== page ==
Hush Money

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New at Reason: Even with the soft money ban, people are still acting like the First Amendment gives them the right to speak out on political issues. How can we put a stop to that? Julian Sanchez proposes a solution.

NEXT: Nuke Solution

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  1. There are lots of comments about “chill winds blowing” that come to mind following this ruling. Unfortunately, I don’t expect Tim Robbins to deliver any of them.

    Quite a shame.

  2. Didn’t EVERYBODY who follows First Amendment law say the ban on ads mentioning a candidate would be overturned?

    I’m going to wake up tomorrow morning (my birthday) and this decision will have been a bad dream.

  3. Pornographic issue ads! Talk about your, umm, loopholes.

  4. You can’t spell FECAL without F-E-C-A.

  5. Good piece, Julian. I hate them all.

  6. I’m awake. The decision stands. I’m a year older, and a lot less free.

  7. Check out Thomas’ scathing dissent, and Scalia’s, and Rehnquist’s, and Kennedy’s. Atrocious day for all Americans. Wednesday December 10th should be known forever as the day the Supreme Court caved to knee-jerk reactionism…it is a very dark and sad day.

  8. As much as I agree with the ban on soft money, the ban on candidate vs. issue ads close to the election is ridiculous. I think the Supreme Court is emphasizing a strict interpretation of “issue”, but simultaneously discarding any notion of it being an “advertisement”.

    This makes me think twice about the Metro-Change The Climate flap. Decisions like this heartily reinforce the notion that the Constitution is merely a dried-out piece of paper whose only relevance is as an historical referent. The preponderance of precedent and resultant case law make it a trivial exercise for the justices to do an end run around just about any amendment or article they desire, given some characteristic that can be bullshitted enough into credible significance.

    I hope the NRA gets their “news” channel, just to stick it right in the dems craw. Kerry had better act quickly to get rid of it, if only for the millions of Americans who can’t operate their remote control to change the fucking television station.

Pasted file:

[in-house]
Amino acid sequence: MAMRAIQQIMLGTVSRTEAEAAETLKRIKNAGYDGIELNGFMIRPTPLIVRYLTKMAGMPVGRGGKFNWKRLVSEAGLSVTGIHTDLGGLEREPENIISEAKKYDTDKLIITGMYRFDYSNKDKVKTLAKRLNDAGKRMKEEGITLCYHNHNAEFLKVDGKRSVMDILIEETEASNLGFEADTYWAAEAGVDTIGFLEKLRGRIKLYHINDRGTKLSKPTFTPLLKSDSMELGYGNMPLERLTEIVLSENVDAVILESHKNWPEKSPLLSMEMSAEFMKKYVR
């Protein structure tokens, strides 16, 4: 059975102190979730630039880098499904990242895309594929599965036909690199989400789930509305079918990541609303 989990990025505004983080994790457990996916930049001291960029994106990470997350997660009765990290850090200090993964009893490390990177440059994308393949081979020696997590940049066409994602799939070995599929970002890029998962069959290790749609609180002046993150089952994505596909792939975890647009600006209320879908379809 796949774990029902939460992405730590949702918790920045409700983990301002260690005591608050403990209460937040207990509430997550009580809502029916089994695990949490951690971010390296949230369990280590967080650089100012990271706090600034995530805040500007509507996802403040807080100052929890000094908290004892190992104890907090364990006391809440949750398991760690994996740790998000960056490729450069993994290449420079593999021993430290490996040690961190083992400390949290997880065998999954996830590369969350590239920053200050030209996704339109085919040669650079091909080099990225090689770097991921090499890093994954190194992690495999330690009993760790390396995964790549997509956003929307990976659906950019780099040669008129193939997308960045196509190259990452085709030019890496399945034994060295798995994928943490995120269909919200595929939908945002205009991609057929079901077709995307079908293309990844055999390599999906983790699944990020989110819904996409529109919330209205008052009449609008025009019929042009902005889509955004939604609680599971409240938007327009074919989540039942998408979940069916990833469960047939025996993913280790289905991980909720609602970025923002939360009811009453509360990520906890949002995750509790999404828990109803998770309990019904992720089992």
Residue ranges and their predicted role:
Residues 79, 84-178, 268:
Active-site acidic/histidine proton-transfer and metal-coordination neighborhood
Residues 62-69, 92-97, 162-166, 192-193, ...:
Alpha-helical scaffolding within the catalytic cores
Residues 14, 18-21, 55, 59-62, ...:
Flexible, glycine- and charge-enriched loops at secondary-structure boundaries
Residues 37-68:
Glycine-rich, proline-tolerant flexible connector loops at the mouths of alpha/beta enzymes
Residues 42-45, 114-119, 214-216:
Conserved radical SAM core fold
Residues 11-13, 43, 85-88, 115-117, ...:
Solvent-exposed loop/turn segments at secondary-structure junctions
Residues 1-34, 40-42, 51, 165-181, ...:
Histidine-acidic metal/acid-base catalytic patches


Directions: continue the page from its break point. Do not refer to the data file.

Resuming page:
9. Julian, nice write up. I appreciate the clear explanation of the different donation type and terms and the loopholes.

    Hopefully this will get appealled to the … oh wait, well at least we can vent our frustration by not voting for these clowns next time they’re up for election … ahh, foiled again!

  10. Its the Death of the Republic

    From the legislative branch that passed the act, to the executive branch where the measure was welcomed and signed into law, to the judicial branch where it was upheld by the ruling of 5 individuals, government has placed itself above the law. Its assumption of the authority to abridge our rights as individuals has voided the concept of rights and left us with a few tenuous freedoms that we will enjoy as long as they do not conflict with a compelling interest of the state. The Constitution has become functionally irrelevant and the rule of law has been deposed by the rule of man.

  11. Once we get a Second Amendment case to the Supreme Court…

    Uh. Never mind.

  12. begin{paranoid rant}
    Methinks we get closer and closer to third box of the ‘freedom’ boxes with every passing day legislative, executive, and judicial branches are in session…
    end{paranoid rant}

    Sigh….

    -Karl

  13. Excellent writing and reasoning, Julian.

  14. That was a super column by Sanchez.

    But I have to admit I haven’t read the McCain Feingold law, I barely remember Buckley v Valeo, I don’t know shit about the FEC, and I haven’t read the latest opinion yet. But, with those qualifications set out, I declare that I am against the court’s ruling basically for the reasons that Julian says in his/her column. And why did W sign this into law? He’s done some things that make me wonder who he’s looking out for other than W. Was this a “Democrat” bill notwithstanding McCain’s name in the bill’s title?

    I think the Supreme Court has already implemented a de facto abortion exception to the free speech clause, what with its opinions upholding “bubble zone” no-free-speech zones in Hill v. Colorado, and upholding no-free-speech laws in residential neighborhoods, and its opinion upholding the FACE statute (no speech outside of abortion clinics).

    Yet the court gives amazingly robust free speech protection to pornography.

    And now the court has given a miserly interpretation of the free speech clause on the most important speech possible: political speech trying to influence who gets elected. It’s astonishing.

    That is all.

  15. “Yet the court gives amazingly robust free speech protection to pornography.”

    That’s the new workaround! Pornographic issue ads!
    Mary Carey’s career in politics may not be over quite yet…

  16. I thought I was depressed about this before reading your Hold The Mayo post. Thanks StMack for bringing me down a little more.

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